TIGER in Antarctica
November 14, 2001
Happy Camper School, Day 2
OK, so what is it like to sleep out in Antarctica? With the right equipment, it's not so bad. First, I was wearing two sets of long winter underwear (one thin, one thick), and polar-fleece shirt and pants over that. I had just put on a new dry pair of thick wool socks. I also wore a cap, because I quickly realized I needed one after lying down to sleep. A down sleeping bag with polar-fleece liner, and two foam pads beneath me worked fine. I also had a bottle of hot water (taken from what was left in the pots used for supper) at the foot of my sleeping bag. I felt cozy and warm most of the night. The one problem I had was when moisture condensed on the ceiling and dripped down right on my face, which was the only part exposed. While I wasn't cold, I also wasn't very comfortable. We hadn't spent time leveling out the snow beneath the tent and it was bumpy and hard. Plus, I don't normally sleep on my back, which was really the only way to sleep in this set up.
Photo on right: My tent for the night
We did not get ready to sleep until about 10:30. And it didn't seem so weird that it was still bright as noon when we went to sleep. But waking up a 2:30 AM and having the sunlight pouring into the thin tent was a little strange.
Photo on left: Inside the mountaineering tent
My spare clothes, gloves, and socks were between my sleeping bag liner and sleeping bag so they would be reasonably warm in the morning. My gloves had gotten quite wet from all the work I had done the day before, and by morning they were frozen solid. I woke up at 6 AM, and the whole rest of the camp is quiet. I put on new gloves, but they are nowhere near as good as the original ones and my hands are painfully cold. I find glove liners, and after I've been moving for a little while, my hands finally warm up.
No one else is awake yet, so I go for a little walk along a flagged path, staying withing sight of the camp, since I'm not supposed to be out by myself. I take a > 360 degree panorama (using many individual shots) that I've put together here (Note: the full panorama is very large):
Hopefully, I'll get to annotate it so you can identify the terrain features.
By the time I get back, others are waking up. We're supposed to give a radio check to the instructor at 8 AM, and he's coming with the Nodwell at 9 AM, by which point the camp is supposed to be mostly torn down. We get the stoves going, and boil water for hot drinks and hot oatmeal (which is amazingly good when you're cold). By 8:30, we still have not seen the Kiwis (New Zealanders) who are sleeping in the ice mound, and one of them has the radio and was supposed to have called in. I check them out and get the radio tossed out of the mound with a request that I handle it. They hadn't gotten to sleep until after four and were a little slow getting up.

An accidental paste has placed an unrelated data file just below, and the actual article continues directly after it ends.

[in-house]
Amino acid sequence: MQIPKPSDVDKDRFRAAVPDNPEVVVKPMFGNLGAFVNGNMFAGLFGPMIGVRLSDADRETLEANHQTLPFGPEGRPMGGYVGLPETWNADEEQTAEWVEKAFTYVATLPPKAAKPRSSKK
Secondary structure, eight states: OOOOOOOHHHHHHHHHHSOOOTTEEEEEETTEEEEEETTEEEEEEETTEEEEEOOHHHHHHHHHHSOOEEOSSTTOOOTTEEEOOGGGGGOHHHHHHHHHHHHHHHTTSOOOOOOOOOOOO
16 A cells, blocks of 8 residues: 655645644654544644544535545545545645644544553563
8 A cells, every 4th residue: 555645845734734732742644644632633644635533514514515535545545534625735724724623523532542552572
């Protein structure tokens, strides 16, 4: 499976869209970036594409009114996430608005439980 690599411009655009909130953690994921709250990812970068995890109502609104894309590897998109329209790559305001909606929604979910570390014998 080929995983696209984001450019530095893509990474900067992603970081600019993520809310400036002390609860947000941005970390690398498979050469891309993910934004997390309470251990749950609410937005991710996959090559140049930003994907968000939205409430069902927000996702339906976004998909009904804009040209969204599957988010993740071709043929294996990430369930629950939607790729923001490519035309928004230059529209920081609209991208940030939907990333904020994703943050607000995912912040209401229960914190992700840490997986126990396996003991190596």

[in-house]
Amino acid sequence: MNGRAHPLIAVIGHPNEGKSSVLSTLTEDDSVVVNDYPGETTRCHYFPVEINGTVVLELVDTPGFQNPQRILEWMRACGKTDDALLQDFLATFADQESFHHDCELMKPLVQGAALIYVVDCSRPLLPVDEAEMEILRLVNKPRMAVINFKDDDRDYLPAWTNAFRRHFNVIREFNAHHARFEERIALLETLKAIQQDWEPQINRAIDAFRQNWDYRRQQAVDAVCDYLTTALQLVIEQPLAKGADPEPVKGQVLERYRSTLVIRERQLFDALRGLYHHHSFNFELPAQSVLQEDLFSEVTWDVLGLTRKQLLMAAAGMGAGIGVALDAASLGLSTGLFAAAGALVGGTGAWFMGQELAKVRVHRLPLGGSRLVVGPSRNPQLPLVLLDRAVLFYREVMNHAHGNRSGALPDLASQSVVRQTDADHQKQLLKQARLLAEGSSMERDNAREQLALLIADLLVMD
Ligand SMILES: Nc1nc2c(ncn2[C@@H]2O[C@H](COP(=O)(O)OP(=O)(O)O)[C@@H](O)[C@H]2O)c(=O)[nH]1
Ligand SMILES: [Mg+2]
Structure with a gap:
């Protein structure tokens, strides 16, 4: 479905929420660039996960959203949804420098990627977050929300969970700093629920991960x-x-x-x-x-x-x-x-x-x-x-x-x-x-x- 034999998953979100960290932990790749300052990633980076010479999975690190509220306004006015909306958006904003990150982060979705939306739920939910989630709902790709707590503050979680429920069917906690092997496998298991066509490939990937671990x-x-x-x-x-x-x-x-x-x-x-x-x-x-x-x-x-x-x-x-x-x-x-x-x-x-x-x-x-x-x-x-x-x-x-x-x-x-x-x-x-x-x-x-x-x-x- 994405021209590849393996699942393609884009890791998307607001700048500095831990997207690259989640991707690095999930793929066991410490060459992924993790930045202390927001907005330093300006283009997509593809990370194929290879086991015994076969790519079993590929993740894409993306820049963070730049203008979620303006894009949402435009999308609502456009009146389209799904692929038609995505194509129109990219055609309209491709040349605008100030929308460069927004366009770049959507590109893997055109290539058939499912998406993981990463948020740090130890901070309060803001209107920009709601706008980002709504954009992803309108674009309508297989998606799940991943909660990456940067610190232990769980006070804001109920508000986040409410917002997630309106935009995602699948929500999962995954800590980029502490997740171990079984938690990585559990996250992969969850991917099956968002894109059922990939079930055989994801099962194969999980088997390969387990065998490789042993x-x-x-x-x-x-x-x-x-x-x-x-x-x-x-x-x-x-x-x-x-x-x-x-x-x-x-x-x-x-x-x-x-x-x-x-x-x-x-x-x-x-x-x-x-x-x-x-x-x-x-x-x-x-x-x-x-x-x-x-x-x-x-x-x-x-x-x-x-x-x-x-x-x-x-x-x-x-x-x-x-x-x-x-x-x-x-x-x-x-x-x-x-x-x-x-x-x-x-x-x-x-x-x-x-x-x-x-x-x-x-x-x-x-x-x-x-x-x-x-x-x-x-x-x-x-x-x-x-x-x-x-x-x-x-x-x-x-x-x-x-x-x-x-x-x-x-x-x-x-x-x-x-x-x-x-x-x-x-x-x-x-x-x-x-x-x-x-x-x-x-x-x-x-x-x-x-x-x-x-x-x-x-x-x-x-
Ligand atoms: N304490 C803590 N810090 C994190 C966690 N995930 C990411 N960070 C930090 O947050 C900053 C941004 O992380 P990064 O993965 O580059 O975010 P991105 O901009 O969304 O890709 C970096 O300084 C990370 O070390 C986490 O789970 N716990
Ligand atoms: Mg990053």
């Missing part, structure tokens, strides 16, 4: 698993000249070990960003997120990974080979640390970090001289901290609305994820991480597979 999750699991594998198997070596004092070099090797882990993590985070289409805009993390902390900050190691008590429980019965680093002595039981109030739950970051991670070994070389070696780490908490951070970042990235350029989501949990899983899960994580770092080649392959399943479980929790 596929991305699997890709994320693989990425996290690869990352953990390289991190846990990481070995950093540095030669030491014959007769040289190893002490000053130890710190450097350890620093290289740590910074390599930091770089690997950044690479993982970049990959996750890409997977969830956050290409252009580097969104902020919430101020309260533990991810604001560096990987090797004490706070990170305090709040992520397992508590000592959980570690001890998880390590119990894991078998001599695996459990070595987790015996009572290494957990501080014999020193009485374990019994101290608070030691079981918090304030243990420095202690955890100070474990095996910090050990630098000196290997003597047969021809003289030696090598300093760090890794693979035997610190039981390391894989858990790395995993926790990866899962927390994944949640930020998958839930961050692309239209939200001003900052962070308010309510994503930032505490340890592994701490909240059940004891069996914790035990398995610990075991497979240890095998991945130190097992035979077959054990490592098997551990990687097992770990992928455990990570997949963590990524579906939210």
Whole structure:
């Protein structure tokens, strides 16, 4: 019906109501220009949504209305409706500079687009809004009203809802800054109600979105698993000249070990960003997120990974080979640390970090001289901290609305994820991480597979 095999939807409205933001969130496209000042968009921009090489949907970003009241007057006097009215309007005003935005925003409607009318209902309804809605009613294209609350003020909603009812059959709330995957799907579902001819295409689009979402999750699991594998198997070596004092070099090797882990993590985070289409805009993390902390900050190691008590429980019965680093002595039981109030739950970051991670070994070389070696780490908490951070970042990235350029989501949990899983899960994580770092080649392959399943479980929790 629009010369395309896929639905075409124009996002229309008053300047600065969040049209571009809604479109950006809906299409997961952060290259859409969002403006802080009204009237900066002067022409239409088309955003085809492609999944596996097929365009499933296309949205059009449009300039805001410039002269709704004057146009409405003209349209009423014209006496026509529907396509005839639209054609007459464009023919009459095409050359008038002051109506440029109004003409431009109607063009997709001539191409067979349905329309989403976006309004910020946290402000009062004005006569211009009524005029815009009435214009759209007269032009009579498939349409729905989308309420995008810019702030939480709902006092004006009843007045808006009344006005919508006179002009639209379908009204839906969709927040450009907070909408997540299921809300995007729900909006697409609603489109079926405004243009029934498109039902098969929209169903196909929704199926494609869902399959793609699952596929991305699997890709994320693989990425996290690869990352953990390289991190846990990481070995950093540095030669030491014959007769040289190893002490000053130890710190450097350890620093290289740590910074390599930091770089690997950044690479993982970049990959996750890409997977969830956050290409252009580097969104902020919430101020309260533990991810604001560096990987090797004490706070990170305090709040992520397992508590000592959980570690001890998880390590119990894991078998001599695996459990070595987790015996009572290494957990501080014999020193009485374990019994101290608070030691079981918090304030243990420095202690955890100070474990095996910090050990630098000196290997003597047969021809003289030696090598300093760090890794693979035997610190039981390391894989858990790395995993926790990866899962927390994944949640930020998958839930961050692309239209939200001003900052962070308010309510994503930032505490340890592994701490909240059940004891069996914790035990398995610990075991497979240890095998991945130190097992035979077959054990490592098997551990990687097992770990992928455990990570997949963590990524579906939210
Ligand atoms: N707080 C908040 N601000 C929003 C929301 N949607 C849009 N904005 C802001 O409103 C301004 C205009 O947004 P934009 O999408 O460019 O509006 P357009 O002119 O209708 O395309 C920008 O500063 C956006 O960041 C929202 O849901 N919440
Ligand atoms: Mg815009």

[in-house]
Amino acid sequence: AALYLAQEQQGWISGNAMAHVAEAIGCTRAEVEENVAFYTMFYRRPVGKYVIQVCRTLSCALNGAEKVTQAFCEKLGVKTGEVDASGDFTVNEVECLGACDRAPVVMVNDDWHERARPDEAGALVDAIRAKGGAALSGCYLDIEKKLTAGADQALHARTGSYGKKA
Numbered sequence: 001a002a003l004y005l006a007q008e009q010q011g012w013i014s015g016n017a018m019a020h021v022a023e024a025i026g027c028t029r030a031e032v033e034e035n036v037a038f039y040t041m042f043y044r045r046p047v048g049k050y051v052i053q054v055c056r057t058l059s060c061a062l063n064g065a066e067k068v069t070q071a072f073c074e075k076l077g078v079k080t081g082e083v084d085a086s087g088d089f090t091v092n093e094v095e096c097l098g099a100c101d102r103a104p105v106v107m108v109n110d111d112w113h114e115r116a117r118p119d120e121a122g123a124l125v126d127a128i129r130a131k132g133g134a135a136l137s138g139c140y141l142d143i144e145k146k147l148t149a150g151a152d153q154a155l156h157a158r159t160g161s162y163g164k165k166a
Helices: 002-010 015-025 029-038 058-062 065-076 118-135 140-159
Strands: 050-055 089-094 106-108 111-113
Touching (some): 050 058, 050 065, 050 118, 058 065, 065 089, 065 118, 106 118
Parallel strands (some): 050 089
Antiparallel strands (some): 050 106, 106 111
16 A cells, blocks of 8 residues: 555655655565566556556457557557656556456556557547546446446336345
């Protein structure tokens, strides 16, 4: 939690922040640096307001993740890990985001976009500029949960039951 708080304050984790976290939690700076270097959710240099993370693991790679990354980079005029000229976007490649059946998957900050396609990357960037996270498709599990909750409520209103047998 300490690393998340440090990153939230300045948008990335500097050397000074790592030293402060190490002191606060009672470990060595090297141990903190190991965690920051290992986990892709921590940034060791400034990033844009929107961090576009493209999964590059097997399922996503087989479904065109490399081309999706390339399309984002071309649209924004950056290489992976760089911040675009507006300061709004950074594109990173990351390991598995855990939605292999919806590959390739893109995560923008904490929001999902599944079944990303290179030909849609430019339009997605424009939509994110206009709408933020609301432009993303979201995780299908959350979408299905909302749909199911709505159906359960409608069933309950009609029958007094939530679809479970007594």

Photo on right: Instructor Ted teaching Garry some of the finer points
Ted picks us up a little after 9, and after putting all the gear away, it's back into the instructor hut for more lessons. The first thing we talk about is how everyone slept. On a scale of 1 to 10, different people rate their night from as low as 2, and all the way up to 10. I'm a 6 or 7, mostly for comfort, not for cold. But some people were very cold and uncomfortable, and others slept like logs. Then we rate the freeze dried dinners. It turns out that what I (and several others) had "Chicken and Brown Rice" is widely considered one of the worst. It was quite bland. We suspect that the reason so many of us had the worst of the meals was that the instructors had already removed the best (Sierra Chicken) for personal use :-)
Photo on left: Do I look cold?
Then we get training in how to use the different types of radios, including the large set that is used at most remote sites. A quick lunch and then it's back outside to really set up the radio with its large wire antenna. We get McMurdo easily, and then try to reach Amundsen-Scott Station at the South Pole. Very quickly we pick them up loud and clear, but they sound pretty busy, so we keep it short. Then we all climb into the Nodwell and are told to get ready for a "scenario", i.e. final exam! We assign key roles; communications, tents, stoves, medical, etc., including alternates and what we move to after our primary job is done.
Photo on right: Inside the instructors' hut
Then Ted comes back and tells us our Nodwell is really a C-130 Hercules that has gone down on the ice and we've got to deal with it. We have to set up two tents, two stoves and a snow wall protecting them from the wind, the radio and "deal with anything else that might happen". I set up the radio with a guy who was a communications specialist in the military. We quickly get it up and "contact" McMurdo Station. Then I move to help with the tents (they still won't let me near the stoves). We're almost done when we notice that Ted is a ways away, down on the ground crawling without his parka and gloves. "Man down!" and we go rushing to help. Wow, a final exam where if you fail, the teacher dies :-) We quickly determine that he has the "umbles"; mumbling, stumbling, fumbling, and grumbling, which is the sign of moderate hypothermia. We have to get him warm. We put back on his outer layers, pick up one of the tents and move it over to him, and get him something hot to drink. He's OK!
Photo on left: The whole Happy Camper team
We pass, although we could have done better. You shouldn't move someone with severe hypothermia because it can actually cause heart fibrillation (a heart attack). But with moderate hypothermia, with the patient still moving somewhat on their own, getting them moving around will help them recover.
Then back into town. A successful, fun, experience with some great people.
Dr. Eric R. Christian
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